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Roger L. Simon

Confessions of an Oscar Voter

January 6th, 2014 - 9:08 pm

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Most folks on the right can’t stand the Oscars — and with justification. The movies of recent years — not the movies of the Frank Capra era — have been a collection of banal anti-American tracts, subtle or otherwise. There are exceptions, of course, but that’s the main thing.

Meanwhile, a few of us who vote in the Oscars — including some very distinguished fellows like David Mamet and Tom Stoppard (arguably the best writer in the English speaking world) — don’t adhere to the sophomoric liberal politics. But we still have to vote in these things.

So, like all the other six thousand or so Academy members from Sean Penn to Matt Damon, we have to wade through the annual onslaught of screeners to determine who wins the vaunted Oscar. (You can condemn it all you want, but it’s probably a better known prize than anything but the Nobel and even that….)

This year there has been a certain amount of libo-babble (to coin a term). The Butler is a salient example of what one might call Oprah Pix, the bathos-laden quasi-historical tale of a White House butler featuring Jane Fonda as Nancy Reagan (’nuff said). Damon’s anti-fracking Promised Land is another piece of babble the Academy seems to be ignoring.

Indeed by and large the LQ (liberal quotient) hasn’t been as egregious as in previous years. (The fine 12 Years a Slave should not be counted as liberal propaganda because no one could dispute its overall historical accuracy.) The times, as one semi-conservative singer once said, may be a changin’. In fact, there was even a movie that celebrated American bravery in Afghanistan, Lone Survivor. (Yes, I voted for it — in nominations anyway.)

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Top Rated Comments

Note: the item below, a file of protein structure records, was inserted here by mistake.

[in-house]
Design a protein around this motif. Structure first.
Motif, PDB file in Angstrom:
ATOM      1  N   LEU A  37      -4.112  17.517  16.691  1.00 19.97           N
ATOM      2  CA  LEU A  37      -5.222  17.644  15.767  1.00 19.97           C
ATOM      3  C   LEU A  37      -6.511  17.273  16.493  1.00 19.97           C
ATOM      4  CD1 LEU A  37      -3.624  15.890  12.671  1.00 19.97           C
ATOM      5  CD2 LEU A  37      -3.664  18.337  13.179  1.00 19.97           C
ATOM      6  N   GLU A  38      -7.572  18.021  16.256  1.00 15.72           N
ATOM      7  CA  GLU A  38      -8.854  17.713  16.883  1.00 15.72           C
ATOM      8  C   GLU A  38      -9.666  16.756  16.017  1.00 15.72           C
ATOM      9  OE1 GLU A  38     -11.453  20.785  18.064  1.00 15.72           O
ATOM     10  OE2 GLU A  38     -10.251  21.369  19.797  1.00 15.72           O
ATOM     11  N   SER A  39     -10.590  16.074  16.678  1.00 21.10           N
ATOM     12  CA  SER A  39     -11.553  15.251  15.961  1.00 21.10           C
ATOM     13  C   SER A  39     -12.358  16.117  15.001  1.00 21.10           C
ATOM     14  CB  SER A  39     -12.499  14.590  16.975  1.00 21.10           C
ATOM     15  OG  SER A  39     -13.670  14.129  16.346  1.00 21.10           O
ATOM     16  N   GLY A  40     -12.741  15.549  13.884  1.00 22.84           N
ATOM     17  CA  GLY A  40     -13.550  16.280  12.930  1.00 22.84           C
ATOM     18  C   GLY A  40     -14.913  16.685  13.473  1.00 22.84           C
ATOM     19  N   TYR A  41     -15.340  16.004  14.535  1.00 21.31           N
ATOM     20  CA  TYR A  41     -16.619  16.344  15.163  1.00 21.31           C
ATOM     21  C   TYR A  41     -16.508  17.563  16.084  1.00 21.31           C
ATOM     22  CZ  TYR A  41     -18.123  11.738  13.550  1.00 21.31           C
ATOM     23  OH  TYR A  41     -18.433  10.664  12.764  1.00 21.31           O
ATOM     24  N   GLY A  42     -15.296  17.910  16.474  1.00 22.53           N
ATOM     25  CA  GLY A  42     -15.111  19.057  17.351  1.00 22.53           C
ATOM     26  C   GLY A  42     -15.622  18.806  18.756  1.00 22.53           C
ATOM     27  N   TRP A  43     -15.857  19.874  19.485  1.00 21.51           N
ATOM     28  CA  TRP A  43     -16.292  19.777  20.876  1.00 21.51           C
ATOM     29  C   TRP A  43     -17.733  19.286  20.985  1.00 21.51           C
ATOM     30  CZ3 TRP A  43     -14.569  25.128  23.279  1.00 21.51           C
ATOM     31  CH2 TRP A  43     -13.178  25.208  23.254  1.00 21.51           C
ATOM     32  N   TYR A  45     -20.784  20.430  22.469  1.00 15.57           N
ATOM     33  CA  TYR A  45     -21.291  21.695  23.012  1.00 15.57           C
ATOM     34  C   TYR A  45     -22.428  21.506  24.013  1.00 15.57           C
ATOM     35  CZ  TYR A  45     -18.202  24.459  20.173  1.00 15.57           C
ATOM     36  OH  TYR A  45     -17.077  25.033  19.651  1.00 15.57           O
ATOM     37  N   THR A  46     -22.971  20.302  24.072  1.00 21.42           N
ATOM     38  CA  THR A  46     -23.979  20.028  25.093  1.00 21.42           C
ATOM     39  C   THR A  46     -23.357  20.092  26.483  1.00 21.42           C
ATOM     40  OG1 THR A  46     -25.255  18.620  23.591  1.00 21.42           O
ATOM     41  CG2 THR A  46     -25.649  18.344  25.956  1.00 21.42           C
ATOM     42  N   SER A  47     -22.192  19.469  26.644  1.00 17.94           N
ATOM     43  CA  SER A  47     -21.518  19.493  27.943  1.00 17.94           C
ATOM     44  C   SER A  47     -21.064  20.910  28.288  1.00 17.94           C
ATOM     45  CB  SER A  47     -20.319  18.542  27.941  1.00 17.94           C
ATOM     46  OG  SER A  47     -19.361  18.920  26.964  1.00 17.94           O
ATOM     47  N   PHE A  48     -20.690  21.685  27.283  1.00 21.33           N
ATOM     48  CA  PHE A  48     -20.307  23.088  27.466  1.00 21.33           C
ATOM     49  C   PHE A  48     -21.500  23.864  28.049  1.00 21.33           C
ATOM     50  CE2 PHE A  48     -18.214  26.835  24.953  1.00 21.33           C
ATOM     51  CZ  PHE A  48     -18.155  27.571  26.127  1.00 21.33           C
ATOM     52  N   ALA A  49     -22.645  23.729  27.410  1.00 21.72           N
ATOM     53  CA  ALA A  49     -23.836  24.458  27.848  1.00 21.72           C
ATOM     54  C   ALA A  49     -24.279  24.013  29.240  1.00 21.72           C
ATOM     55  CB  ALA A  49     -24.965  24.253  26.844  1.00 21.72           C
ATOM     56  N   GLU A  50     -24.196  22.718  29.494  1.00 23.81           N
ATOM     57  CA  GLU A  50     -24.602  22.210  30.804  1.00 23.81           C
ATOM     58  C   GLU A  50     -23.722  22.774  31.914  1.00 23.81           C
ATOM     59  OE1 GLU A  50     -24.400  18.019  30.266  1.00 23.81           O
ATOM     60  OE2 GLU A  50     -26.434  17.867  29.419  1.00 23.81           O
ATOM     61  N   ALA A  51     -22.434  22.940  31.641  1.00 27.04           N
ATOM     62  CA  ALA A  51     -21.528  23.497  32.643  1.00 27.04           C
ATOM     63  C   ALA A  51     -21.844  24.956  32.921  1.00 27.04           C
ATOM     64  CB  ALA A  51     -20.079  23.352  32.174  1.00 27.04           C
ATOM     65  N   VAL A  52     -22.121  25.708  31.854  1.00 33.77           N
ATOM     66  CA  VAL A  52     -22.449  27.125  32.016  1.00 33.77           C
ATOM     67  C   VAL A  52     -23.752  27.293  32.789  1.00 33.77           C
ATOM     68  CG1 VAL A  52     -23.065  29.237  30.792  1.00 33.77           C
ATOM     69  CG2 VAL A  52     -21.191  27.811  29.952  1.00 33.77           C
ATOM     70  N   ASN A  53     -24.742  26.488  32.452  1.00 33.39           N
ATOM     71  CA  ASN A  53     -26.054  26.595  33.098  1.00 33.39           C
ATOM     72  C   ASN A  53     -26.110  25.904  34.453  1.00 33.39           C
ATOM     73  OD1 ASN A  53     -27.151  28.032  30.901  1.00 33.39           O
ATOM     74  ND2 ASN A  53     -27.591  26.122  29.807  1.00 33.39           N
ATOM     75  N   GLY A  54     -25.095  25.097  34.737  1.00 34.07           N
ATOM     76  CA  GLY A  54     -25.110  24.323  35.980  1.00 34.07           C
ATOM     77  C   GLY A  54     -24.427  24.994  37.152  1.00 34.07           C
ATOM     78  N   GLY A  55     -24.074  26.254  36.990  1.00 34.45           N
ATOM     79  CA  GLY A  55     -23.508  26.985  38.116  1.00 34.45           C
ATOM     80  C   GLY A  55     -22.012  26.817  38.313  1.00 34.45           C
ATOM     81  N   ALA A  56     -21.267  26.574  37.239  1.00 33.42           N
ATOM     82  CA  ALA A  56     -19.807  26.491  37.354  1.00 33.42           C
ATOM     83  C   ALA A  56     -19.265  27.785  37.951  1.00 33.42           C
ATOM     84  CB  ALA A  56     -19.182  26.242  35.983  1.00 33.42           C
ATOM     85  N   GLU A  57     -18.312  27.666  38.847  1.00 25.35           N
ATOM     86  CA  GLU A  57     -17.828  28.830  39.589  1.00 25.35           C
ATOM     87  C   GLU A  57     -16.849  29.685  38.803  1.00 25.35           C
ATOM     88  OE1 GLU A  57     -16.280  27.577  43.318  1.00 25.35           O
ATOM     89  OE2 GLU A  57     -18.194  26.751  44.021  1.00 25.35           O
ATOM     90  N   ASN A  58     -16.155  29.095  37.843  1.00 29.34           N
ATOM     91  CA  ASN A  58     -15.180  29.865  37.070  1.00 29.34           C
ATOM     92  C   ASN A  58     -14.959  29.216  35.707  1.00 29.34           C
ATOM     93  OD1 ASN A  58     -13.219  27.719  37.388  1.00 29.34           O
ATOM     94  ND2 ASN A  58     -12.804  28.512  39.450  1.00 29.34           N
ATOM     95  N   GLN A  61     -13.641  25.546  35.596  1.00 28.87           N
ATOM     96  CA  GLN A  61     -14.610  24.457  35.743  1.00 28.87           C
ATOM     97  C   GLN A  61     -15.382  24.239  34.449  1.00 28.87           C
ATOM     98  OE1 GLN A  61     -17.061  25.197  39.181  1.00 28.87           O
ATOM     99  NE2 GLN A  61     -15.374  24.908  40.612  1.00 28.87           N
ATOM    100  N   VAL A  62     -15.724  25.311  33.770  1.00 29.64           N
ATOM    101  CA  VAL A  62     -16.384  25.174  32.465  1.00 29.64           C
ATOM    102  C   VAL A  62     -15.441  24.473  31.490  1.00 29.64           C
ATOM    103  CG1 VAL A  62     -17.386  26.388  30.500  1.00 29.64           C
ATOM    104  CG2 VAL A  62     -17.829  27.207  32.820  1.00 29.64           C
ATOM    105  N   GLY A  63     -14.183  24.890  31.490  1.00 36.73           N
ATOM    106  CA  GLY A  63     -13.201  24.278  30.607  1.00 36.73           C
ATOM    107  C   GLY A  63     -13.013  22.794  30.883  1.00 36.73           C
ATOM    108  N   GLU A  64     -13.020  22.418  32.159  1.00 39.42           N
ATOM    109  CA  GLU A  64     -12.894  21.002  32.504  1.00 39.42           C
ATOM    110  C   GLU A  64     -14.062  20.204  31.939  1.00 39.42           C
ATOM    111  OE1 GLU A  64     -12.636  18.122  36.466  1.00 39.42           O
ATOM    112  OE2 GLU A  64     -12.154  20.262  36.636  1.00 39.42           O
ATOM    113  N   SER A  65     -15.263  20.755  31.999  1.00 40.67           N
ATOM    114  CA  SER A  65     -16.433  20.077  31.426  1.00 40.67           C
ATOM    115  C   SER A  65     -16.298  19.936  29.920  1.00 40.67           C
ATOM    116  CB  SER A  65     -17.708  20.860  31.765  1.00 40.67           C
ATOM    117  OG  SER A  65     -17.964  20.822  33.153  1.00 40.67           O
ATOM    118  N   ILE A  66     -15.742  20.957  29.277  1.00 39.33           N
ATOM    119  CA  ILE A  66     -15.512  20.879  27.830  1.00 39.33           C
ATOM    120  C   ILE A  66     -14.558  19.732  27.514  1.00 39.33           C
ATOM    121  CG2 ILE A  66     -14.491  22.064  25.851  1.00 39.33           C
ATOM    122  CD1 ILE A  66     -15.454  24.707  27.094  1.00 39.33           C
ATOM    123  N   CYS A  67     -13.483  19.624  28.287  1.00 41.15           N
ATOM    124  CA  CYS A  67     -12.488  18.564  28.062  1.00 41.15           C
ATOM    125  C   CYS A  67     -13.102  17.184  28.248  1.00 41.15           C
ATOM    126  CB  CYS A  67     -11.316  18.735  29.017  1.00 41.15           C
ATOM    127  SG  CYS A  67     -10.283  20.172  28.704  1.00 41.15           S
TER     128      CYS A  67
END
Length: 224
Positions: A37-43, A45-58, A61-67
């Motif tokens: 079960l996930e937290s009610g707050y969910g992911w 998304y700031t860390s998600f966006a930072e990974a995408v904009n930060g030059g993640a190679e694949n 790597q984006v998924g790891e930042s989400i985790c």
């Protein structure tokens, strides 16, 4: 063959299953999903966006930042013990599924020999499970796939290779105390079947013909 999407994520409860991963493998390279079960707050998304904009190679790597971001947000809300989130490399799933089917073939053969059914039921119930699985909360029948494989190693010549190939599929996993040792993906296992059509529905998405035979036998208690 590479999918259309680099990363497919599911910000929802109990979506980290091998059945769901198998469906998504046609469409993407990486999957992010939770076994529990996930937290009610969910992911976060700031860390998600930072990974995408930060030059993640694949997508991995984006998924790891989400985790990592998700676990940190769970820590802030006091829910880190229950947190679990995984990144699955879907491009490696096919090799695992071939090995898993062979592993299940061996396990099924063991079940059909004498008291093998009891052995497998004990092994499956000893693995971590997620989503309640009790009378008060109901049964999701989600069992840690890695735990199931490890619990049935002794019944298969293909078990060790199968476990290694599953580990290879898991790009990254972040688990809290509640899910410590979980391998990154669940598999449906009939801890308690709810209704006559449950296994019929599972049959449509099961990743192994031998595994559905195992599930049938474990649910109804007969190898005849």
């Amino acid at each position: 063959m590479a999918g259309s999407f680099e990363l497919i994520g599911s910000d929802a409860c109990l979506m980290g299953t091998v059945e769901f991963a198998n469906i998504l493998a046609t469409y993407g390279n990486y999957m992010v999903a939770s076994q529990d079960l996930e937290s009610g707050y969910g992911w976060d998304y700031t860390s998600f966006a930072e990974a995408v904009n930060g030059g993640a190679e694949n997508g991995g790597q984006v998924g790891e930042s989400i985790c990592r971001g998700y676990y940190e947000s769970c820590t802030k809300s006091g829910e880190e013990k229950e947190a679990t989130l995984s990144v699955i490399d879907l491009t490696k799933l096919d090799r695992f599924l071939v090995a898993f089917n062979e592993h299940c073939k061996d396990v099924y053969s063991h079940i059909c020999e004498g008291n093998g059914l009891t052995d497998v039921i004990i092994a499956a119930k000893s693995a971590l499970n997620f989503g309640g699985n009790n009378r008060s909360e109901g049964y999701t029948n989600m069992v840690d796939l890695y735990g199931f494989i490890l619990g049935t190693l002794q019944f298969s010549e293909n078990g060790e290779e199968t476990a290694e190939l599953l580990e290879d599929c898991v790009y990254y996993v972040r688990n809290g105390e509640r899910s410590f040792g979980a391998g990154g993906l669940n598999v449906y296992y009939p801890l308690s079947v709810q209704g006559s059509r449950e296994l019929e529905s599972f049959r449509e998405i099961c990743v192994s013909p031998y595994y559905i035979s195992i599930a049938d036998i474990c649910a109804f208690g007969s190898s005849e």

Roger, it is less the movies themselves and more that I am tired of these people running around throwing award banquets for each other. There must be a dozen of these things and all of the are extraneous. They provide no value except to each other.
33 weeks ago
33 weeks ago Link To Comment
What I don't like about "12 Years" and its ilk is that they are all about patting ourselves on the back. The draw of the genre is the flattering idea of our own moral superiority.

It is amusing to see high-minded folks these days sputtering about how evil slavery was just as if they were Abolitionists in a Concord parlor in 1853. Hint to these high-minded moralists: slavery has already been abolished. Time to find some other fine cause to use to set yourselves off from the unwashed rubes.

The truly alarming aspect of all this late-breaking sound and fury is that history is slowly being annihilated. No, we don't mean knowledge of the facts--although that is under assault as well, as "12 Years" clearly shows--we mean the gestalt of history, the collective sense of being placed in history and therefore being able to make sense of it and ourselves.

Slavery was simply a condition of existence until the modern age and capitalism/industrialization. As recently as the Middle Ages the average European was, in effect, a slave. In Russia, the serfs were not liberated until 1861. To rail against slavery in the preening style of "12 Years" is simply to sacrifice real history, with its complexities and textures, on the altar of moral vanity.
33 weeks ago
33 weeks ago Link To Comment